Today, there is an exciting announcement coming. I can’t wait to share it with you, but I can’t say more right now… Apart from that none of the amazing things that have happened to me in the last three years would have been possible without that very first step, when I self-published. As I look to the future, I celebrate the past. I was so horribly nervous. I remember counting off the sales I could definitely depend on: me (come on, I HAD to buy a copy), my mum, my brother, and both sisters. Five sales. If I sold more than five books, I’d be overjoyed, I decided  – and double figures would be amazing.

So far, so good 😉





PhotoFiction: Catherine Pullman shares #writing inspirations #HistoricalFiction #authorinterview


Authors reveal the images that inspired 100,000 words

THIS WEEK: Catherine Kullmann reveals how the Regency period has inspired her novels…

After tCatherine Kullmann 4 MB.jpgaking early retirement Catherine Kullman was finally able to fulfil her life-long ambition to write. Her no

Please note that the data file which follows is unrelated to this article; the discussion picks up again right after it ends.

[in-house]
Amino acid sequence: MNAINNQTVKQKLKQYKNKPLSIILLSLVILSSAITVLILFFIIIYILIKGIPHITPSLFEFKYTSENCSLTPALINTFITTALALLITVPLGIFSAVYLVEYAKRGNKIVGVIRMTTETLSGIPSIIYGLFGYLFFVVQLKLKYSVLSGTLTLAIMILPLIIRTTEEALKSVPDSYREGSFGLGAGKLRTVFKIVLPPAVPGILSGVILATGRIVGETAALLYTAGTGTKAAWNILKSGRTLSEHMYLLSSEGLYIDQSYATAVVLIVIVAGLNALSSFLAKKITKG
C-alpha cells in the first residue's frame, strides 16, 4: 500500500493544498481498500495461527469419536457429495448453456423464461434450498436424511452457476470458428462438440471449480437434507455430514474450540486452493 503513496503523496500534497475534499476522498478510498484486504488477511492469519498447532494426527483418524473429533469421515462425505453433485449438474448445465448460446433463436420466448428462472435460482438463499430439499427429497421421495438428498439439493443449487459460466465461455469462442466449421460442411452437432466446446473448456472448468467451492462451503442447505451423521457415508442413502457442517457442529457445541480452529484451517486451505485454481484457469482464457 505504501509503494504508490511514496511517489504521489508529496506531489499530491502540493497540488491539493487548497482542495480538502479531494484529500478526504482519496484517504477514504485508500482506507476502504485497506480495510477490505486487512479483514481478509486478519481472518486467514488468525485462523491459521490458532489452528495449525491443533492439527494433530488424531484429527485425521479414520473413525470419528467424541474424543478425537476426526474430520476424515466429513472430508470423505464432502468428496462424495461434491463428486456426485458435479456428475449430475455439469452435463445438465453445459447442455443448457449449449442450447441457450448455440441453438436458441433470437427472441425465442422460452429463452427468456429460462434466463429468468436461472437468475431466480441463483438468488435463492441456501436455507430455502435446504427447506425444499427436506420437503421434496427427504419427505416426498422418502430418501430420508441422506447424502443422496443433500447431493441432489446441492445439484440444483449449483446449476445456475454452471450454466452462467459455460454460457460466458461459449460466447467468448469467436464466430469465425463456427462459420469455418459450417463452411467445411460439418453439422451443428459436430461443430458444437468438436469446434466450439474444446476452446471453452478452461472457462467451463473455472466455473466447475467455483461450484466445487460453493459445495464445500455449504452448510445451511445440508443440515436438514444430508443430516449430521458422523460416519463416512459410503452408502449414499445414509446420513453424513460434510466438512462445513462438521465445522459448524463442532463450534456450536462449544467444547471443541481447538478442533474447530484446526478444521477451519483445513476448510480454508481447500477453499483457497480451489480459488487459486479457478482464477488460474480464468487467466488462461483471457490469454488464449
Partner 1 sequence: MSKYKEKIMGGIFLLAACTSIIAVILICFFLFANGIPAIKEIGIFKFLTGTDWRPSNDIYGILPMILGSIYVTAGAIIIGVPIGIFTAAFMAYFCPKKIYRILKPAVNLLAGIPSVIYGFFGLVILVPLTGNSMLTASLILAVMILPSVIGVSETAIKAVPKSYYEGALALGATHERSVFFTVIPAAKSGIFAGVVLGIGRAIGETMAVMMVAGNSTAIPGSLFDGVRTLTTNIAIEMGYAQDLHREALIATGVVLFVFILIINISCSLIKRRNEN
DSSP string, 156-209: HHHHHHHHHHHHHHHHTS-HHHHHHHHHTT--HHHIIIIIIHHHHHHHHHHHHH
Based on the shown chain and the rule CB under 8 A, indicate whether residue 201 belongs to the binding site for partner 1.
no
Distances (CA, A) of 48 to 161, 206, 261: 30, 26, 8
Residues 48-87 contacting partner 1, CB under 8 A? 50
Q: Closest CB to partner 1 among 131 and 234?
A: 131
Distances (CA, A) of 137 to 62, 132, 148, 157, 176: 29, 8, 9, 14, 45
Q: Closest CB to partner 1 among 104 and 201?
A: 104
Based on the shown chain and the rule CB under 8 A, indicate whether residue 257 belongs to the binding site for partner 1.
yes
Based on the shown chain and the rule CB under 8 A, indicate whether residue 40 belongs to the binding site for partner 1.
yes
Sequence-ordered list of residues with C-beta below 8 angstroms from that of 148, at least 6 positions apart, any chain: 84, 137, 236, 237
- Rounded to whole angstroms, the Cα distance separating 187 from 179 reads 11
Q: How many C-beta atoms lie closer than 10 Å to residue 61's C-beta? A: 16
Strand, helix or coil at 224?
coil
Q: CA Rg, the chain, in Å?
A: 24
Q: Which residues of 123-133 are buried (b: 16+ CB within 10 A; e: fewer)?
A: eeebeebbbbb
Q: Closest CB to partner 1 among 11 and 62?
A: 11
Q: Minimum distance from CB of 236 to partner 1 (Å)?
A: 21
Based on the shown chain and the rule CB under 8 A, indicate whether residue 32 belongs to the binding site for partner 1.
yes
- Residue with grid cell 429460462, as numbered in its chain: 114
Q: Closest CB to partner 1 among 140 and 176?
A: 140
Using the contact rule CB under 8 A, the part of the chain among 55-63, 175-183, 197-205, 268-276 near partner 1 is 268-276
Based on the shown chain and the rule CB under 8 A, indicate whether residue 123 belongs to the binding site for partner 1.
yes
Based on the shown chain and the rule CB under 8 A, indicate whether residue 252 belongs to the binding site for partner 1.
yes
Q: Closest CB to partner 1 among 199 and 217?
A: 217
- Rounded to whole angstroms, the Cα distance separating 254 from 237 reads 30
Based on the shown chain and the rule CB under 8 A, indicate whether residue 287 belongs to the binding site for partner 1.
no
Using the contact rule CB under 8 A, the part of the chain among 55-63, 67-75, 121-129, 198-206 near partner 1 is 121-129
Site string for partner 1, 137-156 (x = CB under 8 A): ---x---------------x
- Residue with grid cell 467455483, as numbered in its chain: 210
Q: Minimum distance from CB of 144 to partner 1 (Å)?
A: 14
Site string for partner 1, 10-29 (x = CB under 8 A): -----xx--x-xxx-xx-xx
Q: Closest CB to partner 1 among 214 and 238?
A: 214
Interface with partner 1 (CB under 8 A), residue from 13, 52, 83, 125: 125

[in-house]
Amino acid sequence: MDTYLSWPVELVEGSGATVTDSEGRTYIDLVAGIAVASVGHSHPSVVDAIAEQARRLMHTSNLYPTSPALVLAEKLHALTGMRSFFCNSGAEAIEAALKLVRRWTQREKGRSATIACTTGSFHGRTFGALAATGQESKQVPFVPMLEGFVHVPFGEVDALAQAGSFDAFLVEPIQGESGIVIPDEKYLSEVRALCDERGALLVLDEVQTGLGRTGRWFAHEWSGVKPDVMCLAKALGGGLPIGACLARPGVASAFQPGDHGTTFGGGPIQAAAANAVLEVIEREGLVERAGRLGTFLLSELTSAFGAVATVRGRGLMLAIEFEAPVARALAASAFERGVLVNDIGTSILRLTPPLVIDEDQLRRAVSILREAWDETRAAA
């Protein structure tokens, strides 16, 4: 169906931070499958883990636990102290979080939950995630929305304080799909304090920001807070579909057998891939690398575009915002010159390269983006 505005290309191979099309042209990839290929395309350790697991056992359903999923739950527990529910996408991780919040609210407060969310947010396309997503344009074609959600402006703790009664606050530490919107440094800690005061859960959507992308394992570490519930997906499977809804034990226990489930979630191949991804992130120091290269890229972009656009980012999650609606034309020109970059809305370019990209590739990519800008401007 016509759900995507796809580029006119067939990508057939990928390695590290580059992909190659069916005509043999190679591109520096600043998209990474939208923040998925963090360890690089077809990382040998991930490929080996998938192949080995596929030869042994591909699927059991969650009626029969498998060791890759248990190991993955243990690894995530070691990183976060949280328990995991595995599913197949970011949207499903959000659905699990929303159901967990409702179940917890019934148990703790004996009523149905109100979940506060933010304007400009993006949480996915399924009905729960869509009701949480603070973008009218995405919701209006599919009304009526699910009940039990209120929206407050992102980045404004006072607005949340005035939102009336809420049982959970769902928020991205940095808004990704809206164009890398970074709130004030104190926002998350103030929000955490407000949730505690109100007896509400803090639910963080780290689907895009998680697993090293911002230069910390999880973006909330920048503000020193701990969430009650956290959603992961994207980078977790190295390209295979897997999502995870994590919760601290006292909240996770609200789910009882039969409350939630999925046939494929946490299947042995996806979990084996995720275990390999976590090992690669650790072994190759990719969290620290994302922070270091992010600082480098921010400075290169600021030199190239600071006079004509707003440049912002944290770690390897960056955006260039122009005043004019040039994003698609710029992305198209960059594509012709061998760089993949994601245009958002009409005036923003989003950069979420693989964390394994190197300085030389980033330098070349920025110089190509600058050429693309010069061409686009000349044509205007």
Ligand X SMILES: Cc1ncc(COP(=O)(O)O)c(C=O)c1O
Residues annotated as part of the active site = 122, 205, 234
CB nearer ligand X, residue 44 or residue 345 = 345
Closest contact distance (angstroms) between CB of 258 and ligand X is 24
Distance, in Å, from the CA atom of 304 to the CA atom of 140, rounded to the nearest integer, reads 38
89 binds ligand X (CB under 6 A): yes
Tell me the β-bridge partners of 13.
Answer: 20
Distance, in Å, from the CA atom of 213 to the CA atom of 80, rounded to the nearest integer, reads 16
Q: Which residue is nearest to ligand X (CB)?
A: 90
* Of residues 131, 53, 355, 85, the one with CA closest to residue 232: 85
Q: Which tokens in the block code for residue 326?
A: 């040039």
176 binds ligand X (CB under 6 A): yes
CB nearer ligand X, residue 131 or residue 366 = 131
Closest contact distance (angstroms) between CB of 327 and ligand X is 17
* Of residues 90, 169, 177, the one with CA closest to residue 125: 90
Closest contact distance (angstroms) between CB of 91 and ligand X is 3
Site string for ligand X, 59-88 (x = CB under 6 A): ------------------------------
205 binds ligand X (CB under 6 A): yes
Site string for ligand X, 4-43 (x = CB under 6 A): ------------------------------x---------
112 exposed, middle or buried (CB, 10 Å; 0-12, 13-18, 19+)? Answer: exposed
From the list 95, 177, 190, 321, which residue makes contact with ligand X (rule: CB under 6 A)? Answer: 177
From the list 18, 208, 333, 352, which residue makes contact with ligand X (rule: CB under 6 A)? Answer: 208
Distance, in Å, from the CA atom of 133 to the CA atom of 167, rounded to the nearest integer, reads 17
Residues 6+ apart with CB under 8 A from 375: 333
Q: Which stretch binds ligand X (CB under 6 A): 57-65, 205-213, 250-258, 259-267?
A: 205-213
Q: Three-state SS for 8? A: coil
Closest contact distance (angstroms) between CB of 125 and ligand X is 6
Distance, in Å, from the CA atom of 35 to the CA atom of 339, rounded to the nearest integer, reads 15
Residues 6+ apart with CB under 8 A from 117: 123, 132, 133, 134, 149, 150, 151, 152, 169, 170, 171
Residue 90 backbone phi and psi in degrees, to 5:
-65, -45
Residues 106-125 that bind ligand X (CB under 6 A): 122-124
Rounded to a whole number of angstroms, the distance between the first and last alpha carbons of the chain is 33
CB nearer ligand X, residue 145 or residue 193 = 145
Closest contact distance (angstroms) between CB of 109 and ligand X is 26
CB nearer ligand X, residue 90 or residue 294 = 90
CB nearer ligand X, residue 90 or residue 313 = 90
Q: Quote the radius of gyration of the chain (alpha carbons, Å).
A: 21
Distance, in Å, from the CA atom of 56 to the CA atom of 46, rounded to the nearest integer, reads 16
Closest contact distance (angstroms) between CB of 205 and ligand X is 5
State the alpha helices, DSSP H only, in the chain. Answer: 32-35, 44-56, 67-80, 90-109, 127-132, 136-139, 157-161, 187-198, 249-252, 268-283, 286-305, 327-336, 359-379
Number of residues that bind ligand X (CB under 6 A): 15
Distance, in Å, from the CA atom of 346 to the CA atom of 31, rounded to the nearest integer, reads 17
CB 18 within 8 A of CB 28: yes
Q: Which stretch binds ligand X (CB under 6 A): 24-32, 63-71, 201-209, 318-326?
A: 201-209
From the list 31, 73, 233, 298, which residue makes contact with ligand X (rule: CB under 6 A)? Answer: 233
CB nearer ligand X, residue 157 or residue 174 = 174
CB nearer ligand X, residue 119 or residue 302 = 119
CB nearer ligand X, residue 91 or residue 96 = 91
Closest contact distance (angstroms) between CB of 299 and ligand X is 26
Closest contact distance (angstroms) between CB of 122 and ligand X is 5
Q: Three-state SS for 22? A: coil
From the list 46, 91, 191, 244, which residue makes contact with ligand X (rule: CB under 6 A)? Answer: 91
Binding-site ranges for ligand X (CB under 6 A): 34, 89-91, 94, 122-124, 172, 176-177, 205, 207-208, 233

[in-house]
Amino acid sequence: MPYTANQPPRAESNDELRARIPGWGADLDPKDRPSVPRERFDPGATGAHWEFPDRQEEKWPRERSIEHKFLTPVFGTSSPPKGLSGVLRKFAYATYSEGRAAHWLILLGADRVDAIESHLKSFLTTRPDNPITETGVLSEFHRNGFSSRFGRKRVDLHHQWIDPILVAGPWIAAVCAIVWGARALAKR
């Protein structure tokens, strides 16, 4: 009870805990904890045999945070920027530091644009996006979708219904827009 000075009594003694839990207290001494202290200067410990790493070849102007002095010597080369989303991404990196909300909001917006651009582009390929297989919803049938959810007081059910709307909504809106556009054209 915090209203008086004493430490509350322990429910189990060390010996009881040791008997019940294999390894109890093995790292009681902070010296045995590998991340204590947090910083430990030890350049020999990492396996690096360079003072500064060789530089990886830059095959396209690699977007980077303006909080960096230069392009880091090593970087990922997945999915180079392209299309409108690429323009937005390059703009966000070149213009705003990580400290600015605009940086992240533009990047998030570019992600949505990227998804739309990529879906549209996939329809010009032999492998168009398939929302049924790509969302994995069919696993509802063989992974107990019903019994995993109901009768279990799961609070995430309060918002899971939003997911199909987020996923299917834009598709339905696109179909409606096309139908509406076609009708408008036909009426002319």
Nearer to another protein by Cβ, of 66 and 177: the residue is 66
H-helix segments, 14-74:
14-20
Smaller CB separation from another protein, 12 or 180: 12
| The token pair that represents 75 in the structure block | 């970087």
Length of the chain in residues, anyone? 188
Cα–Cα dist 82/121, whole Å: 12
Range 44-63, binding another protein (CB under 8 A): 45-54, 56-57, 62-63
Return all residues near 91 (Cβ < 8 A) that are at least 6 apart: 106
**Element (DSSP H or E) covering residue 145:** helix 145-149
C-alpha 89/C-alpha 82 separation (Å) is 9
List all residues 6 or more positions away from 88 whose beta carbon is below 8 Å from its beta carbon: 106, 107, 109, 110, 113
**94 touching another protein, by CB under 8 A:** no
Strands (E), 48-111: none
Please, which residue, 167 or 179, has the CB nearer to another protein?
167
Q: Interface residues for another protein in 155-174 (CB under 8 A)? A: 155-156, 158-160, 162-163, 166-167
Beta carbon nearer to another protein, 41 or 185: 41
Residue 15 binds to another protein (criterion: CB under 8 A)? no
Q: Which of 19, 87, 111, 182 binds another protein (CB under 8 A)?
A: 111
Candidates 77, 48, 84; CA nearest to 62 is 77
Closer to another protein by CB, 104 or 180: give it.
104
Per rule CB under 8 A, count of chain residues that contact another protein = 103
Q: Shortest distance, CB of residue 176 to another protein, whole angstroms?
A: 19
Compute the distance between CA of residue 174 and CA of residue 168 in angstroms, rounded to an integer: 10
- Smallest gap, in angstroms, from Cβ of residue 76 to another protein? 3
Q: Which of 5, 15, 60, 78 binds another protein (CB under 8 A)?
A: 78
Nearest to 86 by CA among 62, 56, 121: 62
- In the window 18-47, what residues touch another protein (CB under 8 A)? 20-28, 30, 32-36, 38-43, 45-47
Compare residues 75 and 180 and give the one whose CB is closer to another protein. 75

vels are set in England during the extended Regency— that fascinating period between the demise of hoops and the invention of crinolines- the end of the Georgian era but before the stultifying age of Victoria.

Her debut novel, The Murmur of Masks, was honoured with a Chill with a Book Readers Award. Perception & Illusion, was published in March 2017.

Catherine Kullmann is represented by A for Authors

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CATHERINE SAYS: One of the joys of writing historical novels is that you have an unimpeachable excuse to rummage in flea-markets, second-hand book shops, antique fairs and curiosity shops. My books are set in the extended Regency period from 1800 to 1830 and I was amazed to discover the wealth of coloured contemporary illustrations of the period over and above the portraits and architectural prints I had expected. Print shops selling cartoons and caricatures thrived and ladies’ journals published fashion plates and engravings of eminent persons in each issued. In addition, publishers had progressed beyond the usual frontispiece to produce lavishly illustrated books that are the forerunners of today’s graphic novels. I have chosen four of these illustrations to take you on a tour of London from the lowest dive to the Prince Regent’s court… TO READ IN FULL, CLICK HERE